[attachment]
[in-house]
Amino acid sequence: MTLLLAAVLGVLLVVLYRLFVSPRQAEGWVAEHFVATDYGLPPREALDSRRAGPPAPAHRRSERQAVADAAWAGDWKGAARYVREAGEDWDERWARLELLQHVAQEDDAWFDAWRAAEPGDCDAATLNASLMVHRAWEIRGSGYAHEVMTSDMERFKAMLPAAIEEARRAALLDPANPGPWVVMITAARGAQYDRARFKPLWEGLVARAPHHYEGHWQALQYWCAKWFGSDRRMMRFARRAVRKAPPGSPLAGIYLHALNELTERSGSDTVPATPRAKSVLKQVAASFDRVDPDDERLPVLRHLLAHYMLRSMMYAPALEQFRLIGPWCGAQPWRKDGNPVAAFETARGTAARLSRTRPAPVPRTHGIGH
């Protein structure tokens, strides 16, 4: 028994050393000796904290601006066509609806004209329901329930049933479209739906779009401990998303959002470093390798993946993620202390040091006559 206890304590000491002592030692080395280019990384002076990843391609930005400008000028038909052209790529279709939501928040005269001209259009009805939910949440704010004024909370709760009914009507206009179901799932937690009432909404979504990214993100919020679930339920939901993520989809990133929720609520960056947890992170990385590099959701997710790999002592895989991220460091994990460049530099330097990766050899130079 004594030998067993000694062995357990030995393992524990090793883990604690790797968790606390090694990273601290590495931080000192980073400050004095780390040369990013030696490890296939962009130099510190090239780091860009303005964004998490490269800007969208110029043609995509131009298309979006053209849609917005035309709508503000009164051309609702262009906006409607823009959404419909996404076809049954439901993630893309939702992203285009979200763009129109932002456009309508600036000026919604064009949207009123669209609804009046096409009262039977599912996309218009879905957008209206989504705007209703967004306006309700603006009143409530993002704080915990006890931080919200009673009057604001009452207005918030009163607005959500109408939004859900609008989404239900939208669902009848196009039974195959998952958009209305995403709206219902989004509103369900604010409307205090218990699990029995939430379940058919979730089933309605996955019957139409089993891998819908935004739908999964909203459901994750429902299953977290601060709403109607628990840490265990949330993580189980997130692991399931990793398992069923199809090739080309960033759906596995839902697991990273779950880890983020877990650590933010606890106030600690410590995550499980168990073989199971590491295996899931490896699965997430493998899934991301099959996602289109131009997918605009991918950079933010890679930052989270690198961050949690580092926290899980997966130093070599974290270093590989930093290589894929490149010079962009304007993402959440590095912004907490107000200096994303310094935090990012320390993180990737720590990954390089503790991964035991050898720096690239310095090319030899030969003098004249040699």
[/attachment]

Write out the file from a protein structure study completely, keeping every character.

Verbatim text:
[in-house]
Amino acid sequence: MTLLLAAVLGVLLVVLYRLFVSPRQAEGWVAEHFVATDYGLPPREALDSRRAGPPAPAHRRSERQAVADAAWAGDWKGAARYVREAGEDWDERWARLELLQHVAQEDDAWFDAWRAAEPGDCDAATLNASLMVHRAWEIRGSGYAHEVMTSDMERFKAMLPAAIEEARRAALLDPANPGPWVVMITAARGAQYDRARFKPLWEGLVARAPHHYEGHWQALQYWCAKWFGSDRRMMRFARRAVRKAPPGSPLAGIYLHALNELTERSGSDTVPATPRAKSVLKQVAASFDRVDPDDERLPVLRHLLAHYMLRSMMYAPALEQFRLIGPWCGAQPWRKDGNPVAAFETARGTAARLSRTRPAPVPRTHGIGH
């Protein structure tokens, strides 16, 4: 028994050393000796904290601006066509609806004209329901329930049933479209739906779009401990998303959002470093390798993946993620202390040091006559 206890304590000491002592030692080395280019990384002076990843391609930005400008000028038909052209790529279709939501928040005269001209259009009805939910949440704010004024909370709760009914009507206009179901799932937690009432909404979504990214993100919020679930339920939901993520989809990133929720609520960056947890992170990385590099959701997710790999002592895989991220460091994990460049530099330097990766050899130079 004594030998067993000694062995357990030995393992524990090793883990604690790797968790606390090694990273601290590495931080000192980073400050004095780390040369990013030696490890296939962009130099510190090239780091860009303005964004998490490269800007969208110029043609995509131009298309979006053209849609917005035309709508503000009164051309609702262009906006409607823009959404419909996404076809049954439901993630893309939702992203285009979200763009129109932002456009309508600036000026919604064009949207009123669209609804009046096409009262039977599912996309218009879905957008209206989504705007209703967004306006309700603006009143409530993002704080915990006890931080919200009673009057604001009452207005918030009163607005959500109408939004859900609008989404239900939208669902009848196009039974195959998952958009209305995403709206219902989004509103369900604010409307205090218990699990029995939430379940058919979730089933309605996955019957139409089993891998819908935004739908999964909203459901994750429902299953977290601060709403109607628990840490265990949330993580189980997130692991399931990793398992069923199809090739080309960033759906596995839902697991990273779950880890983020877990650590933010606890106030600690410590995550499980168990073989199971590491295996899931490896699965997430493998899934991301099959996602289109131009997918605009991918950079933010890679930052989270690198961050949690580092926290899980997966130093070599974290270093590989930093290589894929490149010079962009304007993402959440590095912004907490107000200096994303310094935090990012320390993180990737720590990954390089503790991964035991050898720096690239310095090319030899030969003098004249040699």